Voices and vision With her production company, Fawnda Neckoway wants to tell stories that are personal and political

In the realm of filmmaking, $10,000 may seem like small potatoes for getting a project off the ground.

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Hey there, time traveller!
This article was published 02/02/2022 (358 days ago), so information in it may no longer be current.

In the realm of filmmaking, $10,000 may seem like small potatoes for getting a project off the ground.

But it is a good start — call it a down payment on a dream — for Winnipeg’s Fawnda Neckoway.

The Cree artist has worked in the film industry for years in various capacities, as an actor — she starred in dramatic re-creations in the 2012 documentary feature We Were Children — and worked in voice casting on the animated television animation Wolf Joe, as well as casting two seasons of the Eagle Vision TV series Taken. She’s also worked on the administrative side at Film Training Manitoba as the Aboriginal liaison officer.

RUTH BONNEVILLE / WINNIPEG FREE PRESS Fawnda Neckoway received the 2021 Mosiac Film Fund award from the Winnipeg Film Group.

While working each job, Neckoway, 35, nurtured an ambition to start her own production company one day. That day came closer last month when she received a $10,000 prize from the Winnipeg Film Group’s Mosaic Film Fund to start a short doc that will be called Language Keepers.

“Even back when I started to take acting, I totally had this vision of starting my own production company,” Neckoway says in a phone interview.

“It’s fairly common in the industry that everybody kind of dabbles in other areas,” she says. “For me, the end goal was to be able to create my own films and stories. As I was training in various areas, I was able to see what all departments are doing.”

“Even back when I started to take acting, I totally had this vision of starting my own production company.” – Fawnda Neckoway

Neckoway is currently working closely with a business consultant, following her completion of an Indigenous Women Exploring Business program, as a stepping stone to that dream. She is also at work completing another documentary — titled Kita kiskithihtahkwaw: So They Will Know — that takes on the delicate subject of how to talk with young children about the residential school experience.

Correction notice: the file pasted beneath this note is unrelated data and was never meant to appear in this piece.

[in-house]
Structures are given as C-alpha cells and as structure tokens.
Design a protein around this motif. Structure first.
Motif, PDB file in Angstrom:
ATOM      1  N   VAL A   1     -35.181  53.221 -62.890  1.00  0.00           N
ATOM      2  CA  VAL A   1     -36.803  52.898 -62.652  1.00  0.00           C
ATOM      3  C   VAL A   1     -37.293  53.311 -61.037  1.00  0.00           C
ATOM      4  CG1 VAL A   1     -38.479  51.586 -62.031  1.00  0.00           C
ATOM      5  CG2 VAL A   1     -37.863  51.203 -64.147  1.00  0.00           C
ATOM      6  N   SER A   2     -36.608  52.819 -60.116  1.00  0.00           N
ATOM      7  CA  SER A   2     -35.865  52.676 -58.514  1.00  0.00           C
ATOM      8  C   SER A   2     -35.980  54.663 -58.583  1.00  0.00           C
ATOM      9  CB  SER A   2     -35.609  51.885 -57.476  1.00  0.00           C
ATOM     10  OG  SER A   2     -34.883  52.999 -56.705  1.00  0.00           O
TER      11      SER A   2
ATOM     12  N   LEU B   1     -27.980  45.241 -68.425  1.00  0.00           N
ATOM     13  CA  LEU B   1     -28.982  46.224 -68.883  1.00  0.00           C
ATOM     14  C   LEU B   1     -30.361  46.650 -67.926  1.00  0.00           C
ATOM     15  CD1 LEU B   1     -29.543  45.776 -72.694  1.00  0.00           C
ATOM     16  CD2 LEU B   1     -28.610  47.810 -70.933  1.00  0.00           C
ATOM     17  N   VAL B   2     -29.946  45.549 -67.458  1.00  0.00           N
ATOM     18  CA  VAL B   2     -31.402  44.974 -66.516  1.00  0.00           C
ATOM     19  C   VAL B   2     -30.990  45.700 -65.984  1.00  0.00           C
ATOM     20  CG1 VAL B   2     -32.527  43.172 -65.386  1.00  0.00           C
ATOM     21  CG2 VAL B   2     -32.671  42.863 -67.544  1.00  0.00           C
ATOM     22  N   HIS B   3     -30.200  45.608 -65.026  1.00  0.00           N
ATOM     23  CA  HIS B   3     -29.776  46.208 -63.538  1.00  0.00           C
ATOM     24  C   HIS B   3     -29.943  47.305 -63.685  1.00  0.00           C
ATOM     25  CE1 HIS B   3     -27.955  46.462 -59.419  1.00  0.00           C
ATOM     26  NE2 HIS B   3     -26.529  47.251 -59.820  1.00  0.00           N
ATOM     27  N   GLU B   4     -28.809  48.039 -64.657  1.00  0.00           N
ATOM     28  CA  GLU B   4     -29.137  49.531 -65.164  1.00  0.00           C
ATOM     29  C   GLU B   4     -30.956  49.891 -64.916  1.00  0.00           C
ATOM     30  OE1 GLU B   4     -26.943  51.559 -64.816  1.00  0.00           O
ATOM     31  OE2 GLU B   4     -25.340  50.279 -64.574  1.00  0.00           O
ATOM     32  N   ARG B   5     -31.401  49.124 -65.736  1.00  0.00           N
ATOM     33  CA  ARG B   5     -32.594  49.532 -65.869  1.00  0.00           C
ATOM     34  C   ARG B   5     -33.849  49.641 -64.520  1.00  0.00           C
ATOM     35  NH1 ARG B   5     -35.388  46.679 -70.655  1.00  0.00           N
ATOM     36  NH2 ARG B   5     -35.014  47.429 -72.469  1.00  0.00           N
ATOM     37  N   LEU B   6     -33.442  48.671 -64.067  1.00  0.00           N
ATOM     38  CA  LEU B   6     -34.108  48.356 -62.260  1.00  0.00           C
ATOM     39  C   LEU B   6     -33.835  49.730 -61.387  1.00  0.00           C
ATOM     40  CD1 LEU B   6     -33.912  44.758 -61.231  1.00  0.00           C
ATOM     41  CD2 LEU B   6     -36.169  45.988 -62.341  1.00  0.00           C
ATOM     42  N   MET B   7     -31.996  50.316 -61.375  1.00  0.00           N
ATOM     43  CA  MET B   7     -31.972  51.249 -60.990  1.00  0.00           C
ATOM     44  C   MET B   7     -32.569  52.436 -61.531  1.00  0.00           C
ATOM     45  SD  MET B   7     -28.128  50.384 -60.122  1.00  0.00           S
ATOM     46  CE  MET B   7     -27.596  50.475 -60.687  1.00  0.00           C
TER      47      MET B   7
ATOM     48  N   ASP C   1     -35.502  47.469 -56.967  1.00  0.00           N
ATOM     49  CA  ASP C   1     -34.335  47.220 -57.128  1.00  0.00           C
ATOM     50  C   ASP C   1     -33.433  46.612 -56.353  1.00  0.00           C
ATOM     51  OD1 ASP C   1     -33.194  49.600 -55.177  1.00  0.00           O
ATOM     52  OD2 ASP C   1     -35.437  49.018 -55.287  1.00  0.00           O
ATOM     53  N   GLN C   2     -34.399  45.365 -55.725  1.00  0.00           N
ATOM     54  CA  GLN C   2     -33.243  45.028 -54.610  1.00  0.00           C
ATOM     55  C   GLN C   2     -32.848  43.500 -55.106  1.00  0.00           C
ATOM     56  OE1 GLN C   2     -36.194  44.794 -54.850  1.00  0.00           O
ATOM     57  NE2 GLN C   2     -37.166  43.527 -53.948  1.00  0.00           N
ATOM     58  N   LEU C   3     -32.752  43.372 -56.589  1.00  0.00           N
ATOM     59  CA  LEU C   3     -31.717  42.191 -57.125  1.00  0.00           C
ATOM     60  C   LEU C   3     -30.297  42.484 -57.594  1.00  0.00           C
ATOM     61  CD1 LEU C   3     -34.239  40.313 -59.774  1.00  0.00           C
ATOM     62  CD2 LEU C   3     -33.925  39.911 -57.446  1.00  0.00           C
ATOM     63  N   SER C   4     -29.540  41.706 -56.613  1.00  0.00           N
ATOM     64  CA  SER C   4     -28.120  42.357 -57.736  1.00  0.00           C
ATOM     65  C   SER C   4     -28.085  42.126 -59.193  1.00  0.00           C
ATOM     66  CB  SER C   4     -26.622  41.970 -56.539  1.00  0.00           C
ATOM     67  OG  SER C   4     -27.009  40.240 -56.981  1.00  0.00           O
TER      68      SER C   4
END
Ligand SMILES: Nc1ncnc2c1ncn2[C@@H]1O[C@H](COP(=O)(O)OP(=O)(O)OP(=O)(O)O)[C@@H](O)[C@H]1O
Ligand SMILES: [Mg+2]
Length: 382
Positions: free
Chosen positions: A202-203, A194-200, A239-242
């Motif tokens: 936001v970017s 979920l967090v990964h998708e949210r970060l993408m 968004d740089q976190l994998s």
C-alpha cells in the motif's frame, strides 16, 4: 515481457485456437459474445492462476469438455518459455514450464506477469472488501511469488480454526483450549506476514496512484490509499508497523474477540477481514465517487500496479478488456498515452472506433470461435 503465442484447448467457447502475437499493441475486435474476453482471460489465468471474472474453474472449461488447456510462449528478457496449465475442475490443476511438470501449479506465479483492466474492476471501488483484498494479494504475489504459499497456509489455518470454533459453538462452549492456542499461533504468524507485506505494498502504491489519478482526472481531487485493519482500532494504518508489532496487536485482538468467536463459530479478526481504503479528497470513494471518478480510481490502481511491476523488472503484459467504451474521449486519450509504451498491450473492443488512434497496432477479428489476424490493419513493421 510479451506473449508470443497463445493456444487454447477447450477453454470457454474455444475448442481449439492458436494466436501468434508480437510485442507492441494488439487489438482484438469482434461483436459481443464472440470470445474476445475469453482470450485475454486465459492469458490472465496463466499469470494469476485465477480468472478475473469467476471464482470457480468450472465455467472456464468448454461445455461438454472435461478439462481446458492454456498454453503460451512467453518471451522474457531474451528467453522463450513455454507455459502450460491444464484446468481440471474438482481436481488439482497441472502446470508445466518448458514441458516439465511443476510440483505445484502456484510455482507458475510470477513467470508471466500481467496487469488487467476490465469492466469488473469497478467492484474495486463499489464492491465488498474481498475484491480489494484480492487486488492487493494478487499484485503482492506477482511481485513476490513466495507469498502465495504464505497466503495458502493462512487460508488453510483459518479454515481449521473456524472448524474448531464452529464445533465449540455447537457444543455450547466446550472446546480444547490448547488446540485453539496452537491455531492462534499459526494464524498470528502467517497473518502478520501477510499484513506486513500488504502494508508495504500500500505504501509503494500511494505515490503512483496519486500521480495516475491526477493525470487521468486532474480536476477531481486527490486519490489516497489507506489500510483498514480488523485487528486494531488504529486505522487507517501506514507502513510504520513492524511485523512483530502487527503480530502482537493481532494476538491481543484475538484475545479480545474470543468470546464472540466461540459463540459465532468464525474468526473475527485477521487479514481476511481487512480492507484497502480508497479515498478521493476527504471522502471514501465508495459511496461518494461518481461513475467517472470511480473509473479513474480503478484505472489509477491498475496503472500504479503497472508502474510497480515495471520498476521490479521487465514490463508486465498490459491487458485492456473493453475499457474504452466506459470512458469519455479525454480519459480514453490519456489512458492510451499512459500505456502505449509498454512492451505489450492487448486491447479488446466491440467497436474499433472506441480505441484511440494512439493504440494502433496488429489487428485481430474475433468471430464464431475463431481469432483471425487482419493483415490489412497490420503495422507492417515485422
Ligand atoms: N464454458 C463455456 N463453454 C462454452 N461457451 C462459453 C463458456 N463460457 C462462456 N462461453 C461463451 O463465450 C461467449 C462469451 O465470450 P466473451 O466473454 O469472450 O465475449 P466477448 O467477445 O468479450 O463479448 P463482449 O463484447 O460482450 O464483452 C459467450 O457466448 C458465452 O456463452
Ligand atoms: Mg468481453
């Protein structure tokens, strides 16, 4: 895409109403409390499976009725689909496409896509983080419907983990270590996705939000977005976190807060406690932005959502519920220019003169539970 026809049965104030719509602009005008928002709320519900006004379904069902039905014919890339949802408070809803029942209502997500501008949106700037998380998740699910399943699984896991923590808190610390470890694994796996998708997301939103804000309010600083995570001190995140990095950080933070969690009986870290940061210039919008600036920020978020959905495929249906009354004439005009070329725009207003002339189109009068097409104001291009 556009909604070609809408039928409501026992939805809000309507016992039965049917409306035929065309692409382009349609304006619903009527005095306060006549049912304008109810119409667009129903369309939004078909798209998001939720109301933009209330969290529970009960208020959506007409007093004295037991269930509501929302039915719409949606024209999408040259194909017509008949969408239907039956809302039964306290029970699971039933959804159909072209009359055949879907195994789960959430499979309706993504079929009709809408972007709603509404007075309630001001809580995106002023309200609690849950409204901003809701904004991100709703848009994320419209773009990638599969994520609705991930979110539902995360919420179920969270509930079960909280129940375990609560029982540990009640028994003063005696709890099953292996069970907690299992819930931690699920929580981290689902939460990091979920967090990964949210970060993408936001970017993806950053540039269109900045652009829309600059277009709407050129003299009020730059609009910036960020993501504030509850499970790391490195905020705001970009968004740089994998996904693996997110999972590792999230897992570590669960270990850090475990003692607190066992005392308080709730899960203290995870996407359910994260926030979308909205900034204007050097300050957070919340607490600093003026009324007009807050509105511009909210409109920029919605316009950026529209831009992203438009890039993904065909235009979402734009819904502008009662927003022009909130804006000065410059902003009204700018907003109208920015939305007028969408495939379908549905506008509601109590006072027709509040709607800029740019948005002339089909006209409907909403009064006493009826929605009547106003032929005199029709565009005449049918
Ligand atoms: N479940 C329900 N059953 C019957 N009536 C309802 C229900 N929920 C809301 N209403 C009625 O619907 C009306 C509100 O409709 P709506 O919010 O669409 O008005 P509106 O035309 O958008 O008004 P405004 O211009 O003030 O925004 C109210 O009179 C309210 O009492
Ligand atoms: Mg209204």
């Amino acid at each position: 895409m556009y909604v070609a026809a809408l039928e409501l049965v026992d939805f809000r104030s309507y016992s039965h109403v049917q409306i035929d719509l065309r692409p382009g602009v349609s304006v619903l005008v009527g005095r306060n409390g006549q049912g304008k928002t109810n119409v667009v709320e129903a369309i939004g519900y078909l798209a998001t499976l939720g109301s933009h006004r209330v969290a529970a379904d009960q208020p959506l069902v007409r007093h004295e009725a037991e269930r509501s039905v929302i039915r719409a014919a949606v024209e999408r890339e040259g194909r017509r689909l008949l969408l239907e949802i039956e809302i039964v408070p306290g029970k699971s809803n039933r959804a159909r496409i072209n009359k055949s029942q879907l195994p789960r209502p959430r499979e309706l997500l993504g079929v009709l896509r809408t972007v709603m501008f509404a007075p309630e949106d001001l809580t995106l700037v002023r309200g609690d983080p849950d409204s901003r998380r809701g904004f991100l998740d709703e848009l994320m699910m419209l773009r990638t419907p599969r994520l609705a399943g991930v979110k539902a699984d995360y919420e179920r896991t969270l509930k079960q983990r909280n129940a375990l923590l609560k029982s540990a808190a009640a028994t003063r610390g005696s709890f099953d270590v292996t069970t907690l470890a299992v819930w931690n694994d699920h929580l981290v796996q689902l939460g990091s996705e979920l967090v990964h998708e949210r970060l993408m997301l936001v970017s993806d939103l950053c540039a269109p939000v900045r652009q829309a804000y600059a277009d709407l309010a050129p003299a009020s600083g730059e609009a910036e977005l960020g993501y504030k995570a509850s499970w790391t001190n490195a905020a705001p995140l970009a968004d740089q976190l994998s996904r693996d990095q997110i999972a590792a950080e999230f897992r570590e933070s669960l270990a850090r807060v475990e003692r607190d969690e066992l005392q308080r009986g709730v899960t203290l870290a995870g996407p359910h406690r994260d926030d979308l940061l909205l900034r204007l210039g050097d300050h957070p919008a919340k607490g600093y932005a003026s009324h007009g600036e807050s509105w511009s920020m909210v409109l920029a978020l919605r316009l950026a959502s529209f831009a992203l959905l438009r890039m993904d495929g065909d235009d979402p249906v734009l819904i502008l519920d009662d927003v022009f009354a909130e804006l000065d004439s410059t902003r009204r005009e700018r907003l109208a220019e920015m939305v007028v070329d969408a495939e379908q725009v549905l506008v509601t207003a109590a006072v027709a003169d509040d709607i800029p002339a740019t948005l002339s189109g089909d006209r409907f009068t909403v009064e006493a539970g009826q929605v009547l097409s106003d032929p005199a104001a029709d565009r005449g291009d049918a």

Her vision for the film Language Keepers is to complete a short documentary with a running time of around five minutes. But she says the subject can be expanded to something far greater down the road. After all, the subject of learning Indigenous language is both personal and political.

“I think what it first came from was I noticed in the past year there was a commonality between the Indigenous people in my generation who had specifically grown up in the cities, where there is a bit of a disconnect with our languages,” says Neckoway, a born and bred Winnipegger who is also a member of the Nisichawayasihk Cree Nation, based in Nelson House, where her mother was raised.

RUTH BONNEVILLE / WINNIPEG FREE PRESS Winnipegger Fawnda Neckoway, a member of Nisichawayasihk Cree Nation, is using her Mosiac Film Fund award to make a short documentary called Language Keepers.

“So maybe it’s because we weren’t with our families daily back home growing up,” she says. “But what I’ve noticed is a lot of people expressing that desire to want to learn.

“I found that encouraging because I have always wanted to learn and dive into it myself. I do have an understanding. But I want to learn to have a conversation in Cree.”

Neckoway says she’s far from alone in wanting to pick up more of the language: “I’ve been encouraged by peers. There’s a whole lot of us.”

There is also a generational aspect to her projects so far. As the mother of an eight-year-old son, Tyrell, Neckoway says much of her drive comes from that role.

“For me, the end goal was to be able to create my own films and stories. As I was training in various areas, I was able to see what all departments are doing.” – Fawnda Neckoway

“It’s all to ensure that my son can learn,” she says. “He’s very motivating when it comes to my story writing.”

Indeed, the concept for Language Keepers, she says, was “based on a conversation that he and I had and I guess I just wanted to dive further into that. My son has been very much in front of a lot of the writing I’ve done so far.”

That makes the name she’s chosen for her production company all the more fitting. Taken from her own last name, it will be Nikâwiy Productions.

“It means ‘my mother,’” Neckoway says.

randall.king.arts@gmail.com

Twitter: @FreepKing

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Randall King

Randall King
Reporter

In a way, Randall King was born into the entertainment beat.

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